First Drive: 2015 Honda Fit (Review)

The changes to the 2015 Fit have one overall theme, “more.” It has more interior volume, more power, saves you more at the pump and has more features.

2015 Honda Fit - Review

This month marks the introduction of the all-new 2015 Honda Fit, which is the third-generation of the popular subcompact hatchback. Since the second-generation Fit which arrived for the 2009 model year, the subcompact segment has gotten more competitive with new models like the Ford Fiesta, Chevy Sonic and the Nissan Versa Note. Does the 2015 Fit have what it takes?

The 2015 Fit rides on a new platform and is completely revamped from the ground up. Compared to to the previous two generations, the 2015 Fit now has more road presence and looks more substantial than before. Compared to the last Fit, the 2015 Fit is now 0.3 inches wider with a 1.2-inch longer wheelbase, but biggest change is that the 2015 Fit is 1.6 inches shorter than the outgoing Fit.

Related: 2015 Honda Fit Starts at $15,525


Even though the 2015 Fit is 1.6 inches shorter than the outgoing Fit, its interior volume has increased, which is what matters most in this class. Rear legroom has increased a whopping 4.8 inches and the total passenger volume is up 4.9 cubic feet. The 2015 Fit now has more passenger volume and rear leg room than the Nissan Versa Note and Ford Fiesta. Also just like the previous two generations, the 2015 Fit retains the Magic Rear seat, which has four different modes: Utility, Tall, Long and Refresh.

The 2015 Fit’s interior is also much better than the last two generations with new features like leather seats, push button start, heated front seats and a moonroof. The rear seat also now has more legroom than larger models like the Civic and Accord, with the only drawback being a slight cut in cargo capacity at 52.7 cubic feet with the rear seat down. Either way, the Fit still has more cargo capacity than everything else in its class.


Under the hood the 2015 Fit is powered by a new direct-injected 1.5L four-cylinder engine with 130 horsepower and 114 lb-ft. of torque. Compared to the last engine, the new engine now has 13 more horsepower and 8 lb-ft. of torque. The 1.5L can be mated to a new six-speed manual or a CVT transmission. The CVT equipped Fit is rated at 33/41 mpg, while the manual is slightly less at 29/37 mpg.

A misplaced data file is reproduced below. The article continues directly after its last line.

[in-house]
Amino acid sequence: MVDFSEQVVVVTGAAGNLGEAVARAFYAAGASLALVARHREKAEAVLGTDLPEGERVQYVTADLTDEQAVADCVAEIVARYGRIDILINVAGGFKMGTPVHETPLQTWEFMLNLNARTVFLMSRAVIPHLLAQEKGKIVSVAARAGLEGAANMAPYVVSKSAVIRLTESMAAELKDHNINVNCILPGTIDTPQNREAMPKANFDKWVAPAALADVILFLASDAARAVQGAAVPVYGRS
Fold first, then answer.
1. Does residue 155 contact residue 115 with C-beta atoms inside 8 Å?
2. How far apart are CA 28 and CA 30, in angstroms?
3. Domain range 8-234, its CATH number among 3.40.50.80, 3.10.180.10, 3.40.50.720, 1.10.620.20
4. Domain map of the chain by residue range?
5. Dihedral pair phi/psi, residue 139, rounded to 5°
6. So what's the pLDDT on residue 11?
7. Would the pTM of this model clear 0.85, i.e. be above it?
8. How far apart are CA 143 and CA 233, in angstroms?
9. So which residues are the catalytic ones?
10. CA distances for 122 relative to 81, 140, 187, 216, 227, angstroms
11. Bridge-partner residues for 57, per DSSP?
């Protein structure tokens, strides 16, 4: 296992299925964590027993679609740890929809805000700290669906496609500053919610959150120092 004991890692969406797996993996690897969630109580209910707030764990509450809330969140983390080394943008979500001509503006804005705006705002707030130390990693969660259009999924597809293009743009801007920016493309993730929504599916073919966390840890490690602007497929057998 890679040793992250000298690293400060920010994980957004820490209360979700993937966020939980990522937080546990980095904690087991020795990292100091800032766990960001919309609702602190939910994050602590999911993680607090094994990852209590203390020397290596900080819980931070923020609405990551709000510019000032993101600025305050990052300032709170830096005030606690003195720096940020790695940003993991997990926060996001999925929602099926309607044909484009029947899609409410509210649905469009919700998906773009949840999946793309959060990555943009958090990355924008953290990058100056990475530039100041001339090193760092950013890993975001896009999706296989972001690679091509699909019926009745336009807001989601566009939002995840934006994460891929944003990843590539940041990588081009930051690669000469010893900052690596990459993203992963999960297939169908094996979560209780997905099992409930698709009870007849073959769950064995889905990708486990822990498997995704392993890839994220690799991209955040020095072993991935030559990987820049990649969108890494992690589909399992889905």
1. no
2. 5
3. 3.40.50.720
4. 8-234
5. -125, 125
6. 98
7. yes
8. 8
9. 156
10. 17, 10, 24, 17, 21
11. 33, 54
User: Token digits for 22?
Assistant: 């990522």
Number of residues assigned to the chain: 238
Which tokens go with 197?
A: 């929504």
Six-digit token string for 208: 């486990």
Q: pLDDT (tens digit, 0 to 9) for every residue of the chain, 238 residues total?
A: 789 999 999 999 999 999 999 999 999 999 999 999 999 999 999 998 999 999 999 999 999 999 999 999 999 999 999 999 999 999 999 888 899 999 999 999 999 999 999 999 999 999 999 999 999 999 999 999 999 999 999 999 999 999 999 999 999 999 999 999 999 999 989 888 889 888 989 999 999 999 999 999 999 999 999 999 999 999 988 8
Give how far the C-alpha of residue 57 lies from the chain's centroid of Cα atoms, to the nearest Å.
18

Compared to the last Fit, Honda’s engineers obviously put most of their efforts into making the interior bigger and more comfortable than before in addition to making the entire package more efficient. With that the 2015 Fit is quieter than the last model and can reach 60 mph without a lot of fuss. If you choose the CVT transmission, it’s not bad and doesn’t have the whine that other CVTs like to generate. The CVT also comes with paddle shifers on the top EX-L trim, but you probably won’t use it that much.

Unfortunately the six-speed manual is only available on the lower LX and EX trims, so that means if you want leather and a navigation system, then you have to make due with a CVT transmission. Speaking of the six-speed manual, usually a manual is the better choice if you want a more engaging drive, but the manual in the 2015 Fit doesn’t really inspire any “sporty” driving.

Speaking of “sporty” driving, the last Fit seemed a tad sportier with more steering feel and a suspension that was a bit tighter. The 2015 Fit doesn’t have the rear anti roll bar like the past Fit Sport, so that could be part of the problem.


Overall if you liked the last Fit, you have no reason to not like the new Fit. The changes to the 2015 Fit have one overall theme, “more.” It has more interior volume, more power, saves you more at the pump and has more features. All without really a big price increase. The base Fit only starts at $100 more than the outgoing model at $15,525.


2015 Honda Fit:

Pros: More rear legroom, 41 highway mpg rating, standard features

Cons: Steering feel, not quite as fun as before